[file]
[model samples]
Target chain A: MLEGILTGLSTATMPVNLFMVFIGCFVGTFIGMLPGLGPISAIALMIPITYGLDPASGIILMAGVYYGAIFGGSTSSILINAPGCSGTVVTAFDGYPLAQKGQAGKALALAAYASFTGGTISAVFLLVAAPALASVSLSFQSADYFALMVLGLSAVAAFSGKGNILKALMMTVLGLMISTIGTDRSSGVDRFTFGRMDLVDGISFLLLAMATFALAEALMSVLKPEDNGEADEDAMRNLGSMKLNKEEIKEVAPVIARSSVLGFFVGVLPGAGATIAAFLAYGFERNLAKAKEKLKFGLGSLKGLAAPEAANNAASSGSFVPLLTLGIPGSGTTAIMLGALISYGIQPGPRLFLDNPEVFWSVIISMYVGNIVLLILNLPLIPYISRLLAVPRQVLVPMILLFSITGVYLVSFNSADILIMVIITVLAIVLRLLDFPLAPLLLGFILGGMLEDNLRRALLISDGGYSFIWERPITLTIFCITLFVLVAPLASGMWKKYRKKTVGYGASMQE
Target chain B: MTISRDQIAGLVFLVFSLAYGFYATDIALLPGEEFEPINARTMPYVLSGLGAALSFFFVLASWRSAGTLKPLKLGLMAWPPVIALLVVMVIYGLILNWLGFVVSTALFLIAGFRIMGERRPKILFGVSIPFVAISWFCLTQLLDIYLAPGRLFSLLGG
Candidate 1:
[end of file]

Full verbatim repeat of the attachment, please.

[model samples]
Target chain A: MLEGILTGLSTATMPVNLFMVFIGCFVGTFIGMLPGLGPISAIALMIPITYGLDPASGIILMAGVYYGAIFGGSTSSILINAPGCSGTVVTAFDGYPLAQKGQAGKALALAAYASFTGGTISAVFLLVAAPALASVSLSFQSADYFALMVLGLSAVAAFSGKGNILKALMMTVLGLMISTIGTDRSSGVDRFTFGRMDLVDGISFLLLAMATFALAEALMSVLKPEDNGEADEDAMRNLGSMKLNKEEIKEVAPVIARSSVLGFFVGVLPGAGATIAAFLAYGFERNLAKAKEKLKFGLGSLKGLAAPEAANNAASSGSFVPLLTLGIPGSGTTAIMLGALISYGIQPGPRLFLDNPEVFWSVIISMYVGNIVLLILNLPLIPYISRLLAVPRQVLVPMILLFSITGVYLVSFNSADILIMVIITVLAIVLRLLDFPLAPLLLGFILGGMLEDNLRRALLISDGGYSFIWERPITLTIFCITLFVLVAPLASGMWKKYRKKTVGYGASMQE
Target chain B: MTISRDQIAGLVFLVFSLAYGFYATDIALLPGEEFEPINARTMPYVLSGLGAALSFFFVLASWRSAGTLKPLKLGLMAWPPVIALLVVMVIYGLILNWLGFVVSTALFLIAGFRIMGERRPKILFGVSIPFVAISWFCLTQLLDIYLAPGRLFSLLGG
Candidate 1: